On January 15, Switzerland shocked the financial world by removing its self-imposed cap on the value of its currency, the Swiss franc. The cap had been put in place in 2011 to prevent the overvaluing of the franc against the Euro, as many foreign investors had been parking their money in Switzerland to avoid getting entangled with Europe’s debt crisis.
The reasons why Switzerland capped the exchange rate of its currency, then removed the cap, are complicated, and good explanations can be found on a variety of financial websites, written by people who understand this stuff much more than I do. But it boils down to bringing the franc back in line with its natural value
The economic crisis of 2007 had left the franc as one of the strongest currencies in the world – much too strong. Investors were buying it up so much that it was becoming massively overvalued against the Euro, causing problems for Swiss companies exporting goods that had become too expensive. So in 2011, Switzerland capped the value of the franc at 1.20 to 1 euro, meaning it couldn’t go up in value past that.
The removal of the cap happened virtually out of nowhere, and the franc shot up in value by almost 30%, before measures were taken to bring it back down. In turn, this sent massive tremors through banks, brokerage firms, currency traders and the Swiss exporting industry.
But there’s one other group of people that might be effected by the franc’s jump in value: Iraqi dinar holders who are desperately hanging on, waiting for the worthless currency they’ve bought to “revalue” and spike by thousands or tens of thousands of percent in value.
If you’re not familiar with the Iraqi dinar scam, I wrote a blog post about it around this time last year. In brief, the scam involves dinar “brokers” selling dinar by the millions (it’s currently worth about 1165 dinar for one dollar) to speculators, who then rely on “intel” from dinar “gurus” to tell them when the “powers that be” (usually said to be either the IMF, the Iraqi Central Bank or President Obama) decide the time is right for the dinar to “RV” back to its pre Gulf War value of $3.22 to one dinar.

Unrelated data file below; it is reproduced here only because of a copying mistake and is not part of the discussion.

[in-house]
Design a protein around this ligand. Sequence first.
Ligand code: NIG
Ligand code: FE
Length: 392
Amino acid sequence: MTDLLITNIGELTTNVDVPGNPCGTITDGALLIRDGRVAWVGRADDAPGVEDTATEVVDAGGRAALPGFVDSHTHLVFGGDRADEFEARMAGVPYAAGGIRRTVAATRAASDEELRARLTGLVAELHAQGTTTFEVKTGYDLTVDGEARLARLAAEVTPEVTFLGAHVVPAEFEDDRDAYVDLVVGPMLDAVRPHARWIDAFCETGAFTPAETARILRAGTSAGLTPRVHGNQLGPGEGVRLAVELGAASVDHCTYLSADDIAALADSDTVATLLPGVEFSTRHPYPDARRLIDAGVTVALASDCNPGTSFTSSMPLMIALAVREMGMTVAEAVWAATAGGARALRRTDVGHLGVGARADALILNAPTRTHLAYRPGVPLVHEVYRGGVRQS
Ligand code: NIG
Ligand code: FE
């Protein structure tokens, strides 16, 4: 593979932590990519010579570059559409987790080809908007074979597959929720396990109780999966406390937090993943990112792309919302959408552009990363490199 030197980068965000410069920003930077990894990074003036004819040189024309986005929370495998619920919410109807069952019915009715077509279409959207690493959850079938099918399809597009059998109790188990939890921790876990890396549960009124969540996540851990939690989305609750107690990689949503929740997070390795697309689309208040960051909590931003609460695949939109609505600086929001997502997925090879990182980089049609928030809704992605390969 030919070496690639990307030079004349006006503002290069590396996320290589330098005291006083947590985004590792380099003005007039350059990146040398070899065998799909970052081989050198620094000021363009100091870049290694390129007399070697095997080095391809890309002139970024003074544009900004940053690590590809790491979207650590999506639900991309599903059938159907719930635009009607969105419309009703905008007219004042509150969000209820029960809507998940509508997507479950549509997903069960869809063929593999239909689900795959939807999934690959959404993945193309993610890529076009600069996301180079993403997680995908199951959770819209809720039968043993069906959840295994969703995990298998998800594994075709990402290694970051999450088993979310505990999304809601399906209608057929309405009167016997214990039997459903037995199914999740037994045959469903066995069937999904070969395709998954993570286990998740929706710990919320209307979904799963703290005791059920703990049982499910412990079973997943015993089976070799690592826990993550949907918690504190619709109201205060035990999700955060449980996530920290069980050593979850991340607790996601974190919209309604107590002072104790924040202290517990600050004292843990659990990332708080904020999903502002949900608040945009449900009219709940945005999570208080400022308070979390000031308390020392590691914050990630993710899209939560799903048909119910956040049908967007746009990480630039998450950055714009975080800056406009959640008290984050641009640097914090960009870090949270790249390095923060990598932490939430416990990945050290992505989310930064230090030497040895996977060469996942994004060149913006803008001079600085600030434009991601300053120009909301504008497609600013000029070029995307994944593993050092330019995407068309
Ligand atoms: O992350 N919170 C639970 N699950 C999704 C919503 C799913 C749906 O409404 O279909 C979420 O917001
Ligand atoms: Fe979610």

If this sounds completely insane, that’s because it’s completely insane. Currencies don’t simply spike 100,000% in value, especially not when they’re the currency of Iraq, a country struggling to fight off ISIS militants, rebuild its shattered infrastructure and establish something close to a sustainable economy. Not only that, but such an “RV” where a currency jumps thousands of percent in value at the stroke of a pen has never happened, can’t happen, and would be horrific if it actually took place.
BUT…how does this square with the fact that the Swiss franc basically did that? It jumped by over 30 percent in value out of nowhere, making those who held large quantities of it a ton of money. Isn’t that exactly what dinar holders claim will happen with the revalue? Furthermore, isn’t the whole gospel of the “global currency reset” that the reserve currencies of the world will fluctuate in value due to interference from the elite powers that be?
No, and no.
The first thing to keep in mind is that the Swiss franc did NOT “revalue.” There had been an artificial cap placed on its value, and when that cap was removed, naturally, its value went up, then back down. No such cap exists on the Iraqi dinar. The franc, much like the dinar in the 90’s, was overvalued, and measures had to be taken to bring it in line. That measure was the artificial cap. The dinar, however, is exactly where it should be in terms of value, due to Iraq’s struggling economy and massive overprinting of currency. There is no reason why the dinar should have more value than it already has. Currencies have value because of their scarcity and because of the economic power of the nation that prints them – and the dinar has neither of these.